The most important tip I can give you on Estonia  local food, and the only one that will make you elevate from being a tourist to becoming a real traveler immersed in the local culture, is “Stay away from McDonalds“. When visiting Estonia, there is awesome local food to try. Head to the local eateries too, and go where the locals go. For me, the food, wine and and even the water is part of the travel experience.

What to Eat in Estonia

Estonia food photo

Photo by Jon Gos

Estonian food draws heavily from German and Scandinavian cuisine. The closest thing to a national dish is verivorst, black pudding, served with mulgikapsad, which is basically sauerkraut stew. Many types of food are close to Russian and have their equivalents almost exclusively in the former USSR, such as sour cream hapukoor, smetana in Russian, a sour 20%-fat milk dressing for salads, especially “kartulisalat” or “potato salad”, which isn’t that rare anywhere else either, really.

As Estonia used to be a food mass-production powerhouse in the times of the USSR, some of its foods, unknown to Westerners, are still well-recognized in the lands of the CIS. Among other everyday food, some game products are offered in food stores in Estonia, mostly wild boar, elk sausages and deer grill. Some restaurants also offer bear meat. For those with a sweet tooth, the national chocolate manufacturer is “Kalev”, with many specialist stores around the country as well as supermarkets retailing the product. The more adventurous may want to try “kohuke”, a flavoured milk-curd sweet covered with chocolate and available at every supermarket.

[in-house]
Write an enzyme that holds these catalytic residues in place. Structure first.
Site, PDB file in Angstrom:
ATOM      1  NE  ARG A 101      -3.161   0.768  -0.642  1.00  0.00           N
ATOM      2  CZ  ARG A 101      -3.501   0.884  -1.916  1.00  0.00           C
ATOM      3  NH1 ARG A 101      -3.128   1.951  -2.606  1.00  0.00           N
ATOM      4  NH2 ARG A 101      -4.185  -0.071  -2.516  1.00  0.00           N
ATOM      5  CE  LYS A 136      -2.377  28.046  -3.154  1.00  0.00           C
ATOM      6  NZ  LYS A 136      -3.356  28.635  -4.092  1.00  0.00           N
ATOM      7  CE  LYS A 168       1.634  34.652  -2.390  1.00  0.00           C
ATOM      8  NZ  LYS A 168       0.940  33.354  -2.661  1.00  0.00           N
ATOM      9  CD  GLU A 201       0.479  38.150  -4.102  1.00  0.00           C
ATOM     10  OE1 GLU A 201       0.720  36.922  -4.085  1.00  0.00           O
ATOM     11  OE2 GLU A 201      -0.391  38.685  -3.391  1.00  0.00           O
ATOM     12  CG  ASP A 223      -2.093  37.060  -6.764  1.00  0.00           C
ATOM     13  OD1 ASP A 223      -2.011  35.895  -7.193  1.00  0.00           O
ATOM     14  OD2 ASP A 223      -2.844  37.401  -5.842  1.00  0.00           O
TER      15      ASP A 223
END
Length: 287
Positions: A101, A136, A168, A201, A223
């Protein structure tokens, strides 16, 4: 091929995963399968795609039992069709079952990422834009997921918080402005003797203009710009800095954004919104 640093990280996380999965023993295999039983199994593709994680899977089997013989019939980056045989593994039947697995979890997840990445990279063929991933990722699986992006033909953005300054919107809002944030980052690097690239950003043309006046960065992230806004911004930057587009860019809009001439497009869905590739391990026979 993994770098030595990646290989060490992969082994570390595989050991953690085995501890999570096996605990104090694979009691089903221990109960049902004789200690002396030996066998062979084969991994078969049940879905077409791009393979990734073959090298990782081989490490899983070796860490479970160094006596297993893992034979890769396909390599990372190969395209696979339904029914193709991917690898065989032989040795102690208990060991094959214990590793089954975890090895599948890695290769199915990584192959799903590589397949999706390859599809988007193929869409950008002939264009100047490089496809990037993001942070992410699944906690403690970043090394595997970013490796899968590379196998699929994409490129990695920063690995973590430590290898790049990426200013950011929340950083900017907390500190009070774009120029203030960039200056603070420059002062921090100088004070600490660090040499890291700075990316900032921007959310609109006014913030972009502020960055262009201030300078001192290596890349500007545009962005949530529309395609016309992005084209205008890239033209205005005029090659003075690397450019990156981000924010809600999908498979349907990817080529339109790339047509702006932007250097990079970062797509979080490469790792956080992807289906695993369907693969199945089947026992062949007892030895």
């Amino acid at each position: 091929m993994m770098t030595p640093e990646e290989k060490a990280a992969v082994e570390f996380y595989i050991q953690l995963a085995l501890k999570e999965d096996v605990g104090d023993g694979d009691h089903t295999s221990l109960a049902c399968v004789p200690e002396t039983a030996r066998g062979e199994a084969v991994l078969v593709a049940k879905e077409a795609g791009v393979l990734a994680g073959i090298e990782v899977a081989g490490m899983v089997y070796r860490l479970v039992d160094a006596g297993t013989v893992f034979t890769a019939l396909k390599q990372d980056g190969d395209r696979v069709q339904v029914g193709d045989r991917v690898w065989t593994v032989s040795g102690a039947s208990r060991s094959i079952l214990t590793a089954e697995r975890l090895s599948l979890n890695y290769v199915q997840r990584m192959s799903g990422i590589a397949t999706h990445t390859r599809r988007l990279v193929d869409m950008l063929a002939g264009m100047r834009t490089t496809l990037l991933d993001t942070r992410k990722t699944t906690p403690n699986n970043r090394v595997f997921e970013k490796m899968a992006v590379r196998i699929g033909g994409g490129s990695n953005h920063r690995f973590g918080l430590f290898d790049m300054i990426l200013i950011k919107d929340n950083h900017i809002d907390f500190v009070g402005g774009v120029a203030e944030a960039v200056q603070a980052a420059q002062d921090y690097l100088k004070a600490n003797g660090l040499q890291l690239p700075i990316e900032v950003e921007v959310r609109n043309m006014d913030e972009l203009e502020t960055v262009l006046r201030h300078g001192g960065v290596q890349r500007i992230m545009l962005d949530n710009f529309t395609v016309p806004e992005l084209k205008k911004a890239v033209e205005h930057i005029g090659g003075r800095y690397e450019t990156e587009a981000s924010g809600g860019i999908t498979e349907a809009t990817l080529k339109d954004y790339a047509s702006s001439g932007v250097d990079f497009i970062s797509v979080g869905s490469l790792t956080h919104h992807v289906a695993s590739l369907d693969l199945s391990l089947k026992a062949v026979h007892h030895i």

What to Drink in Estonia

Estonia drinks photo

Photo by roger4336

Like their neighbours the Finns and the Russians, the Estonians know their alcohol. Favorite tipples include the local beer Saku or A. Le Coq , the local vodka Viru Valge (Vironian White) and the surprisingly smooth and tasty rum-like herbal liquor Vana Tallinn (Old Tallinn) , famous in the countries of former USSR. A local soft drink is “Kali” (the Estonian equivalent of “kvass”), made from fermented brown bread. It can be described as an acquired taste. Many locals also swear by “keefir”, a fermented milk concoction.

Other local foods, or drinks that you recommend? Please add and comment.